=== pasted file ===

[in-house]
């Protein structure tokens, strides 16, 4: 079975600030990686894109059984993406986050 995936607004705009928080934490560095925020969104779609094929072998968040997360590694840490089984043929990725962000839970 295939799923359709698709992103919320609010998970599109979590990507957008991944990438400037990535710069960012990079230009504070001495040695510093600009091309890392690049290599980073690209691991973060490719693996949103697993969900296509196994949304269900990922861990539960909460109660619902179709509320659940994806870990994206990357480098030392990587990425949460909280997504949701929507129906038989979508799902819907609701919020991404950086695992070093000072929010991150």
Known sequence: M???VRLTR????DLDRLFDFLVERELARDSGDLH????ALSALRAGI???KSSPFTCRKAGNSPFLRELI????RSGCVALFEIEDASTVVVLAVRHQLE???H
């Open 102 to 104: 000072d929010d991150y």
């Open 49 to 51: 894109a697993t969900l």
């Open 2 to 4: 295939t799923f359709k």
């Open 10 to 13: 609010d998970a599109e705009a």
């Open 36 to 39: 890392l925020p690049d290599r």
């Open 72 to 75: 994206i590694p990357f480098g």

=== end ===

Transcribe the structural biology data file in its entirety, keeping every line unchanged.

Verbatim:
[in-house]
């Protein structure tokens, strides 16, 4: 079975600030990686894109059984993406986050 995936607004705009928080934490560095925020969104779609094929072998968040997360590694840490089984043929990725962000839970 295939799923359709698709992103919320609010998970599109979590990507957008991944990438400037990535710069960012990079230009504070001495040695510093600009091309890392690049290599980073690209691991973060490719693996949103697993969900296509196994949304269900990922861990539960909460109660619902179709509320659940994806870990994206990357480098030392990587990425949460909280997504949701929507129906038989979508799902819907609701919020991404950086695992070093000072929010991150």
Known sequence: M???VRLTR????DLDRLFDFLVERELARDSGDLH????ALSALRAGI???KSSPFTCRKAGNSPFLRELI????RSGCVALFEIEDASTVVVLAVRHQLE???H
């Open 102 to 104: 000072d929010d991150y």
């Open 49 to 51: 894109a697993t969900l």
């Open 2 to 4: 295939t799923f359709k």
């Open 10 to 13: 609010d998970a599109e705009a």
């Open 36 to 39: 890392l925020p690049d290599r």
């Open 72 to 75: 994206i590694p990357f480098g």